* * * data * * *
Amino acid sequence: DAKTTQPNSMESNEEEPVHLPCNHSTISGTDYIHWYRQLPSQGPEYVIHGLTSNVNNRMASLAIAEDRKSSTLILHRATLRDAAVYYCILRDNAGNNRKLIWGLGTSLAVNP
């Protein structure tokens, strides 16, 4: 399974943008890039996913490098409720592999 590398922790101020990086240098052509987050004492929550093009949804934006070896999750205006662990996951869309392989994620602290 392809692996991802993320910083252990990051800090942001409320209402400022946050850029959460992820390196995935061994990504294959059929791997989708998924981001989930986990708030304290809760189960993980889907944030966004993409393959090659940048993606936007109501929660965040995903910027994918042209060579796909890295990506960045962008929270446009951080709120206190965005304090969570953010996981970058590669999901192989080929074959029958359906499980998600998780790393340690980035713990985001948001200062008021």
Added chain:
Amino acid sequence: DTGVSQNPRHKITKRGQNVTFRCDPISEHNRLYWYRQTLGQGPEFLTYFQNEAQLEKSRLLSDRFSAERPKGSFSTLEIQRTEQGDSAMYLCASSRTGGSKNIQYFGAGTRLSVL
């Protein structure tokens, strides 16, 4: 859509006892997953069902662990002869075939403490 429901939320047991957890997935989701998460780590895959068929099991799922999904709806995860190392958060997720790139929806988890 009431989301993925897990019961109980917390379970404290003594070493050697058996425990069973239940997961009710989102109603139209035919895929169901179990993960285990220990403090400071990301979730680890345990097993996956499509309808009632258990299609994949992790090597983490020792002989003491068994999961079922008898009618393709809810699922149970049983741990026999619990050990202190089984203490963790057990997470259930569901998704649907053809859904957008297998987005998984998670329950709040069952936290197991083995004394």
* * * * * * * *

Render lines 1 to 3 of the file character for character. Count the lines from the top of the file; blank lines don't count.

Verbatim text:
Amino acid sequence: DAKTTQPNSMESNEEEPVHLPCNHSTISGTDYIHWYRQLPSQGPEYVIHGLTSNVNNRMASLAIAEDRKSSTLILHRATLRDAAVYYCILRDNAGNNRKLIWGLGTSLAVNP
């Protein structure tokens, strides 16, 4: 399974943008890039996913490098409720592999 590398922790101020990086240098052509987050004492929550093009949804934006070896999750205006662990996951869309392989994620602290 392809692996991802993320910083252990990051800090942001409320209402400022946050850029959460992820390196995935061994990504294959059929791997989708998924981001989930986990708030304290809760189960993980889907944030966004993409393959090659940048993606936007109501929660965040995903910027994918042209060579796909890295990506960045962008929270446009951080709120206190965005304090969570953010996981970058590669999901192989080929074959029958359906499980998600998780790393340690980035713990985001948001200062008021």
Added chain: